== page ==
+ I don’t mind window shopping. Unless a dog is clearly hyper-stressed by it (most dogs are not), that is the one advantage an apartment life has over a yard life: you get to see things going on outside anytime you get bored. The reason I’m adding this is that some trainers do not want their dogs to look out windows at all, assuming that window shopping by itself necessarily triggers stress.
However, I do not want to teach Chai to bark at everything she sees – quite the opposite. That’s again because I live in an apartment and I don’t want my neighbors to be disturbed by my barking dog.
+ Randomize praise (and the occasional scatter) throughout the day when I’m home and Chai is NOT looking out the window but doing anything else I like – for example chill on the couch.
+ If I spot precursor behaviors to barking (e.g. lips or ears tensing up while looking out the window or staring at the door) – cue a scatter to prevent barking.
+ If I miss precursor behaviors and Chai barks, pick her up and give her a 2-minute time-out in her luxury kennel aka the bathroom.
I didn’t get to video any instances of barking, but in the first video below, you’ll see how fast window-lookingturned into a strong behavior because I had reinforced it with scatters. To soften the blow of extinction, I’ll still praise/pet/engage when she comes over after looking out the window – I just don’t treat. (Yes, Chai likes praise and attention – but I highly doubt that they are strong enough to maintain the looking-out-of-windows behavior).
What I accidentally optimized for was more looking-out-the-window rather than less barking. That’s the tricky part about gamifying or training anything: you don’t necessarily get exactly what you want by pushing a certain lever!
Stop on a regular basis, take a step back, look at the changes you’ve seen and ask yourself: if I was an observer and didn’t know the goal behavior – what would I believe was being optimized here? Sometimes, you’ll find that what you are optimizing for is exactly what you planned. Other times – not so much! That’s okay as long as you keep an eye on it. It doesn’t mean your training plan was “bad” if the results are unexpected: dogs are individuals, and sometimes, what we want to happen … doesn’t! Even if it might have worked with a different dog!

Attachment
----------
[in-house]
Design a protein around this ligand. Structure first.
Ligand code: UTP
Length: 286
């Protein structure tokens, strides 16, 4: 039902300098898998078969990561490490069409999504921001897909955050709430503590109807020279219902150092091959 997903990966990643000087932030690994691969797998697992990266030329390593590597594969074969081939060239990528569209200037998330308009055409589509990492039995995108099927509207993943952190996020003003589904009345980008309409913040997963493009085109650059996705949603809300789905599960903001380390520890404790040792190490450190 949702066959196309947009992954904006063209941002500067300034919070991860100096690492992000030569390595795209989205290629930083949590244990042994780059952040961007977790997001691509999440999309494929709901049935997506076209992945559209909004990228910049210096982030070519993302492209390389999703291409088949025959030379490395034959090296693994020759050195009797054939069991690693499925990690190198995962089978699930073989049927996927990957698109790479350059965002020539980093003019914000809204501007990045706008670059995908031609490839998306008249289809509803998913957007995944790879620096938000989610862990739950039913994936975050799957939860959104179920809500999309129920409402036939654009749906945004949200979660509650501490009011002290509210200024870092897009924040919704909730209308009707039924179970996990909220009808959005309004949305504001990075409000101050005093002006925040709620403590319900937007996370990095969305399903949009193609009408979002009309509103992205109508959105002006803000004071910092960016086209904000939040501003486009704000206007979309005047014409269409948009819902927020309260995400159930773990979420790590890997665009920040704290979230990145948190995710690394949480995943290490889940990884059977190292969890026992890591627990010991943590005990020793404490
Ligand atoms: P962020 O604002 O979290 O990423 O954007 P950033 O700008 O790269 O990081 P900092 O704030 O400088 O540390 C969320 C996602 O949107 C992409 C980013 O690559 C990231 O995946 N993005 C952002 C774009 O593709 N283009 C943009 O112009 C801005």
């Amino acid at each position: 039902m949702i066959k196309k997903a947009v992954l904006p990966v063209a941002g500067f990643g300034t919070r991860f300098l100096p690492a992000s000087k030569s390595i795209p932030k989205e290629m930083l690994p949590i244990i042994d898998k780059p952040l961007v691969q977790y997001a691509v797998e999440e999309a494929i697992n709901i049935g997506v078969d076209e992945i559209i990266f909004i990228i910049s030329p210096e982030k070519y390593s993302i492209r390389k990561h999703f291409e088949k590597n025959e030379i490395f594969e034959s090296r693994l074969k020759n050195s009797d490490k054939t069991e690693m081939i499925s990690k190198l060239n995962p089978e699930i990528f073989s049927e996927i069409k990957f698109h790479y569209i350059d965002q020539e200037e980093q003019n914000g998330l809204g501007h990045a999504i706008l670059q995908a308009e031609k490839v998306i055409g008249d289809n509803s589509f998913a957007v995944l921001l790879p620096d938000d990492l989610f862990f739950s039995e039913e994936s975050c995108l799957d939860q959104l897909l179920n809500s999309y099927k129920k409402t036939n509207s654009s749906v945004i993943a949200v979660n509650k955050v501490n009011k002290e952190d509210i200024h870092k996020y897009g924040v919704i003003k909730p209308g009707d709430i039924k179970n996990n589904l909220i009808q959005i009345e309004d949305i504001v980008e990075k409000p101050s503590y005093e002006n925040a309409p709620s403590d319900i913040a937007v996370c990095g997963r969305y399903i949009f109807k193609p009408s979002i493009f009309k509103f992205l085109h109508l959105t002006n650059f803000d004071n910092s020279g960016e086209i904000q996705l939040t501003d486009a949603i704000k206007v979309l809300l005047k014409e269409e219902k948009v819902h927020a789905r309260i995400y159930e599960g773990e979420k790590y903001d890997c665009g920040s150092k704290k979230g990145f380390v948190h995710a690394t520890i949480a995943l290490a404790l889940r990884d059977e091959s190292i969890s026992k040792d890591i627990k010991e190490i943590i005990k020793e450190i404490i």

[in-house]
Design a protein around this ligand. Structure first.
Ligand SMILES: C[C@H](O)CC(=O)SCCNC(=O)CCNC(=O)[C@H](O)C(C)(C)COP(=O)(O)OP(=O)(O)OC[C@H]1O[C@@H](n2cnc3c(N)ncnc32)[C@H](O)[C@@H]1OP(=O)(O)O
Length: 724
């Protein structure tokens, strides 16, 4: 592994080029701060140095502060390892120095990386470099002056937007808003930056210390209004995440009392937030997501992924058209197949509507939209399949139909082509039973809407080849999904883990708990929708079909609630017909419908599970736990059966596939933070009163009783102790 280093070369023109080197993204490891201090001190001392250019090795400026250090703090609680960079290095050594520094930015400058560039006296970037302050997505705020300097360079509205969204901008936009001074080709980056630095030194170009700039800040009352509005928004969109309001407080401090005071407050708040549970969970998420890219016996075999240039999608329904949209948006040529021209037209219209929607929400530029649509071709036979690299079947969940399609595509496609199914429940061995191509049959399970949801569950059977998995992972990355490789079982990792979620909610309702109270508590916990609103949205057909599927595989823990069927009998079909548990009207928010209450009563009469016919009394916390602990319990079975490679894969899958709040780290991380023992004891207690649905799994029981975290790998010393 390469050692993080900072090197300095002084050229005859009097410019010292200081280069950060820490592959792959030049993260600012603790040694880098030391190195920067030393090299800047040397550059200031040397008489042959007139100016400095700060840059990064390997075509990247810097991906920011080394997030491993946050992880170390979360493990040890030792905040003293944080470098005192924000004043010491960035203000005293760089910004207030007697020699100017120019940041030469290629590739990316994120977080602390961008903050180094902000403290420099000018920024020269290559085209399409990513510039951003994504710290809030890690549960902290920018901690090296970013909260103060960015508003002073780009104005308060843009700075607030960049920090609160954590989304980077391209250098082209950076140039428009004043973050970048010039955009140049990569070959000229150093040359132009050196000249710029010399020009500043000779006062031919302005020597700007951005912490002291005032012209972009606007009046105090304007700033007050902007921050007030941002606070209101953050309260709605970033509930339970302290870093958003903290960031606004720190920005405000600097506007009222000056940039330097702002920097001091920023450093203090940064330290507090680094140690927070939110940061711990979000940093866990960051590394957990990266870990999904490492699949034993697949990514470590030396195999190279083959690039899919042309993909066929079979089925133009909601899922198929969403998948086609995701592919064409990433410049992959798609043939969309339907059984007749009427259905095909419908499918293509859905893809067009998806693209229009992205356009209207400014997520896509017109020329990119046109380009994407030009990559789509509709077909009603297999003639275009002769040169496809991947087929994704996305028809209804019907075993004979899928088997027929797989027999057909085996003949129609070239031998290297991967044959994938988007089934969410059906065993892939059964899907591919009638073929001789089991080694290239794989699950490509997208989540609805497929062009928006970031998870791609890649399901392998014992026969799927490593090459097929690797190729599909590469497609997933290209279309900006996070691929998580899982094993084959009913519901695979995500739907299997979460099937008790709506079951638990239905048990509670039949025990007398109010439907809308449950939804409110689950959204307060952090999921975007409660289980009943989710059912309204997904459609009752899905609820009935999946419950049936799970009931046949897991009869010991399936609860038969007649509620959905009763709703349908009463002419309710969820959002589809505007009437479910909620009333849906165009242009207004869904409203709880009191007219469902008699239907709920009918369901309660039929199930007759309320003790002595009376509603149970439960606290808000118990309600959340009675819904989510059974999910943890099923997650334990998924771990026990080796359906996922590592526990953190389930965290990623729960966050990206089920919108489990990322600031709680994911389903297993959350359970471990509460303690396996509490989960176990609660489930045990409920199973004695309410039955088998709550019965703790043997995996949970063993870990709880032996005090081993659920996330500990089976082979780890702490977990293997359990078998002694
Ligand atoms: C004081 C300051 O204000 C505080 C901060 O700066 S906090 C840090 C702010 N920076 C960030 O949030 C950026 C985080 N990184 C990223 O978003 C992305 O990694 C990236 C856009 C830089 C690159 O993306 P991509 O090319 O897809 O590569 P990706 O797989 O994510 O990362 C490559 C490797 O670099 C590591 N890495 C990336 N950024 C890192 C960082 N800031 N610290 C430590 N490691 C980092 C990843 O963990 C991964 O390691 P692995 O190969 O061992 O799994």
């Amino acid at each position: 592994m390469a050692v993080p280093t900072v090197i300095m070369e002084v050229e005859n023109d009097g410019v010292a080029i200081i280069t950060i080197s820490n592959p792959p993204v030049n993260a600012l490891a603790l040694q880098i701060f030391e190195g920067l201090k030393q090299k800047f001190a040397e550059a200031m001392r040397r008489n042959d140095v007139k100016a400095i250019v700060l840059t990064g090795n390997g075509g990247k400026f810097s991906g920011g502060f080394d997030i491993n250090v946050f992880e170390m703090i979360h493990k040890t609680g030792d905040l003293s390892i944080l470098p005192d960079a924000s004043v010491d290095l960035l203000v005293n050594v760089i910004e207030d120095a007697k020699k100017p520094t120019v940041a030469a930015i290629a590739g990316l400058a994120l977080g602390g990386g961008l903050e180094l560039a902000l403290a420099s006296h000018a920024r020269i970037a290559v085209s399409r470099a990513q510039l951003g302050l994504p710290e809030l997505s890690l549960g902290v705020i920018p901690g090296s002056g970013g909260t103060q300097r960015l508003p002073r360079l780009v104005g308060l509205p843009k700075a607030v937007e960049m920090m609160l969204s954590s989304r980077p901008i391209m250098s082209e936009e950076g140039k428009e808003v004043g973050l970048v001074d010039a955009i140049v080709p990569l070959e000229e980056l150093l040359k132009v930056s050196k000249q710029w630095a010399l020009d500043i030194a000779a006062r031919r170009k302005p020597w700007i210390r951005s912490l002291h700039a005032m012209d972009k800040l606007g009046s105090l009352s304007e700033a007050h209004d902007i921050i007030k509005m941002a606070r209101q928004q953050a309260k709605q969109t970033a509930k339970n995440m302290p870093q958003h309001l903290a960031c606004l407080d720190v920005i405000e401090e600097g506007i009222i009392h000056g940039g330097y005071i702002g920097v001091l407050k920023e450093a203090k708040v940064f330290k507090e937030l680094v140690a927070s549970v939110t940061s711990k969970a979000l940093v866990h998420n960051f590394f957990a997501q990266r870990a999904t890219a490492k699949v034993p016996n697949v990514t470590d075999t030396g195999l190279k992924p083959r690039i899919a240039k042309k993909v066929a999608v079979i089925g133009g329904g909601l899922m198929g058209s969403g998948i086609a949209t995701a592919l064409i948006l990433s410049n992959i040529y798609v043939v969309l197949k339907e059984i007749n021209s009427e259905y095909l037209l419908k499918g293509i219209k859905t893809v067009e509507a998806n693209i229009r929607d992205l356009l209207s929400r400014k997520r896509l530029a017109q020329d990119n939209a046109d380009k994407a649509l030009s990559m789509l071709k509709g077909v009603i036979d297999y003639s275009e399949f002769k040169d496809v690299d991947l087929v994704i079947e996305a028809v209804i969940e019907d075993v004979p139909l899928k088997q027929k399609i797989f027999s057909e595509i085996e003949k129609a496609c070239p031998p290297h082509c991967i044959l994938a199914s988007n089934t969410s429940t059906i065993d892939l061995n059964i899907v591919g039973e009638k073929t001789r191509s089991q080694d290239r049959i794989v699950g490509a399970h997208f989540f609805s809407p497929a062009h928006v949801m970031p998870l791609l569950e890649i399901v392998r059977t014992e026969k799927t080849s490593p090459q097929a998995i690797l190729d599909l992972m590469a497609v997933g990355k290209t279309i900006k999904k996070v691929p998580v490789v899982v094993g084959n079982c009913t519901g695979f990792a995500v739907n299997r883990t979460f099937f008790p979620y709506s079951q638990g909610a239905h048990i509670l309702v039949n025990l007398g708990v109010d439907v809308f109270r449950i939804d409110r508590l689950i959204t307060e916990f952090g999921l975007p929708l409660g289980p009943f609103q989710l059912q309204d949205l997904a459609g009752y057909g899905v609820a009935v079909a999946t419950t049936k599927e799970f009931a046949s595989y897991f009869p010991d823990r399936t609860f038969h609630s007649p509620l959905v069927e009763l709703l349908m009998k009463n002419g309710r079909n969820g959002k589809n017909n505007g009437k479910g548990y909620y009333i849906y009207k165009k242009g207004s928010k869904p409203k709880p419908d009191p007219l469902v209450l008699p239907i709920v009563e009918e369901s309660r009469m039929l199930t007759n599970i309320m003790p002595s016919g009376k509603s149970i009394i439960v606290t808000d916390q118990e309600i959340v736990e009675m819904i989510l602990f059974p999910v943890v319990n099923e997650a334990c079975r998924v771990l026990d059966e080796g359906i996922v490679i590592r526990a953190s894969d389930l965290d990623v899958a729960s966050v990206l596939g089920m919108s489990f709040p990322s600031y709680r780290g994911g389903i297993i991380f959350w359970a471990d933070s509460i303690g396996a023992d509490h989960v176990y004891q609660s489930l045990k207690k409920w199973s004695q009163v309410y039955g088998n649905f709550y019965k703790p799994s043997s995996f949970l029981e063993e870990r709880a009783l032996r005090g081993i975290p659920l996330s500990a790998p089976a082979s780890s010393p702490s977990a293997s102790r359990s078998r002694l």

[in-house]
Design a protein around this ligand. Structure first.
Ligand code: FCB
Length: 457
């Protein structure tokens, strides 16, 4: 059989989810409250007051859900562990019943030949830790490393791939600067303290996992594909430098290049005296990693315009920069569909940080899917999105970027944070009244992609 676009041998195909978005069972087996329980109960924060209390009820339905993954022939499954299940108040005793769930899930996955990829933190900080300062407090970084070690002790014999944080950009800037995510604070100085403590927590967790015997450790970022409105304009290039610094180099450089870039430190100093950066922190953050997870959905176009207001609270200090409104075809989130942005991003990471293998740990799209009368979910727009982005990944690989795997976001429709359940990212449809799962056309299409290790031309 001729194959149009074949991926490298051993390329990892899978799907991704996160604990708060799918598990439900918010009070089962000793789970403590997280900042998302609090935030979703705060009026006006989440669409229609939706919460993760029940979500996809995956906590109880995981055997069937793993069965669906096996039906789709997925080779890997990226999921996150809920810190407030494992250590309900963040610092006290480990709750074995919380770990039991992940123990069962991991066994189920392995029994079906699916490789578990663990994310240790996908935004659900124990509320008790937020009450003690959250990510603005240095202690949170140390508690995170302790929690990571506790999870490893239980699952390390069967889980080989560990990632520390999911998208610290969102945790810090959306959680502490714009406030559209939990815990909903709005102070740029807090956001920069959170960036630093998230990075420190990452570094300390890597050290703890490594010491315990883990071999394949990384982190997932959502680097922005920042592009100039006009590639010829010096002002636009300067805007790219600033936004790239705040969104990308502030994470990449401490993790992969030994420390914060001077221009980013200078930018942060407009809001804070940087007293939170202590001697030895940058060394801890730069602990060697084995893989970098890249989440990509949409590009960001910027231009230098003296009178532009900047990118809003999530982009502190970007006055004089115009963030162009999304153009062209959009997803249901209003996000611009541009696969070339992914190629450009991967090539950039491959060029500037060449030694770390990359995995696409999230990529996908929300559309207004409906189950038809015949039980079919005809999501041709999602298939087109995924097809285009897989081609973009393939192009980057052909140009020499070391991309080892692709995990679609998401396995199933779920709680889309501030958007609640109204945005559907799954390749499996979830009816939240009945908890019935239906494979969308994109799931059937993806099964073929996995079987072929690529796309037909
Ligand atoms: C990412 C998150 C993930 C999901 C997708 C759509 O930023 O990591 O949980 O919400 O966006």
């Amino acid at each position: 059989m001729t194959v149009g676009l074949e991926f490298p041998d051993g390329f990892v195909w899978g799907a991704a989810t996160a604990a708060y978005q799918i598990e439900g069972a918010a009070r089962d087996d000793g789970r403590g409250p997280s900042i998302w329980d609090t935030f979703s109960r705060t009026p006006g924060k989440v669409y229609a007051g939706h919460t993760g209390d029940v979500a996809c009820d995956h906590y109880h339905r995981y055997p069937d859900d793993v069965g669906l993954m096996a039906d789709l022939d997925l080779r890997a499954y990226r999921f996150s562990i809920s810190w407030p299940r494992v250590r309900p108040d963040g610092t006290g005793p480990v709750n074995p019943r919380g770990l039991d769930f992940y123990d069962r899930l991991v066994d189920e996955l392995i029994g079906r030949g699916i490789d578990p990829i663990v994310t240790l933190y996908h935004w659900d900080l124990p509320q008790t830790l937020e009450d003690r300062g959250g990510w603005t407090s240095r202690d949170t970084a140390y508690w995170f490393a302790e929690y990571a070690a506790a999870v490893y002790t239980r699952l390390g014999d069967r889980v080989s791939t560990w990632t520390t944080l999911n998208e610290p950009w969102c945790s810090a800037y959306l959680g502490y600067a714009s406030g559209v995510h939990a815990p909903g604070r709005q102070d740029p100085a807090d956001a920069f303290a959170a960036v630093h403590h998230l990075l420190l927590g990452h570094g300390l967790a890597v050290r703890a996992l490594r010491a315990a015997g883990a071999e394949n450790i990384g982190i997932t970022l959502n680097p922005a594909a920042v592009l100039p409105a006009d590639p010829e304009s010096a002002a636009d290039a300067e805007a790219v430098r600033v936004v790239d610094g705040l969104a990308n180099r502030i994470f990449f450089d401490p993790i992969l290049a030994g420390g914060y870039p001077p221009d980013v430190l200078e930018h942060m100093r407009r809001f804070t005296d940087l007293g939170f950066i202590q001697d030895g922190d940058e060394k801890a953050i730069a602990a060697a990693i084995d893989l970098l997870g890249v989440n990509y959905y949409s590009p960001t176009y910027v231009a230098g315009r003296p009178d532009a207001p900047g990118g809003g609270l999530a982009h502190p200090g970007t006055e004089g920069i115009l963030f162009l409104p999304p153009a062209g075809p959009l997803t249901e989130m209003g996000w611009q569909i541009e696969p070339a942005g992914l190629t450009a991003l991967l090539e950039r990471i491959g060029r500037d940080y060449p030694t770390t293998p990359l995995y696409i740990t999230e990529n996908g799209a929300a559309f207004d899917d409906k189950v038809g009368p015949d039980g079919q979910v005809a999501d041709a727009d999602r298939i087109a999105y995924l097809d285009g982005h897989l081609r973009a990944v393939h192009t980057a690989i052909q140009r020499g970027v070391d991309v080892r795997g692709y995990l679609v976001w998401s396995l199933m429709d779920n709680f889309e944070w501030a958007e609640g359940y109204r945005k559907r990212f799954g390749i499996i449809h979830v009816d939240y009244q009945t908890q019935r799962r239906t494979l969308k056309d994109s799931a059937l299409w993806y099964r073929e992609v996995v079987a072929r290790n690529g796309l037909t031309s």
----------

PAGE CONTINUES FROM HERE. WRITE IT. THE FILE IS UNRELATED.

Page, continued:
In the video below, you see the result of my original strategy (pre-emptive scatters during nightly window-shopping incidents): I have created a window-shopping addict who will look out the window and then ask to be paid all day long! This is in the morning. Chai went from only-at-night to all-the-time in 2 days. In the video, I talk to her now and then, but don’t give her more attention than that. If she came over, I’d pet her. No treats since in this video, Chai is not concerned about the environment – she simply wants scatters!
The video below shows when I DO feed: this is a compilation of moments I recognized precursor behaviors or precursor stimuli to barking. (Yes, I agree – Game looks extremely annoyed at the state of the world in this video! She can’t even be bothered to get up and collect her part of the scatters.)
… and our goal, of course: rest and relaxation inside while I work; occasionally wandering around or looking out the window without feeling barky or otherwise overly aroused!
Home alone practice: don’t let it slide!
Chai stayed home all by herself while Zane, Game and I all went out to Mexico City’s bike Sunday.
Hello again, adolescence!
I took Chai to Casa Bruna with me for some do-nothing practice. She was able to chill out beautifully for 45 minutes, but then a Border Collie she knows (tricolor puppy Juana) showed up at the next table over, and that was too much: Chai wanted to greet and started barking when I didn’t let her.
We are definitely having another bout of adolescence! Hanging out at Fresa Parque after Casa Bruna, Chai finally got to play with Juanita and an adolescent ACD. She was having a harder time responding to her informal pup-pup-pup recalls today than usual – another sign that both calm days and listening skills overall are getting more difficult in our second wave of adolescence!
Urban art clue #3: it is NOT in Condesa.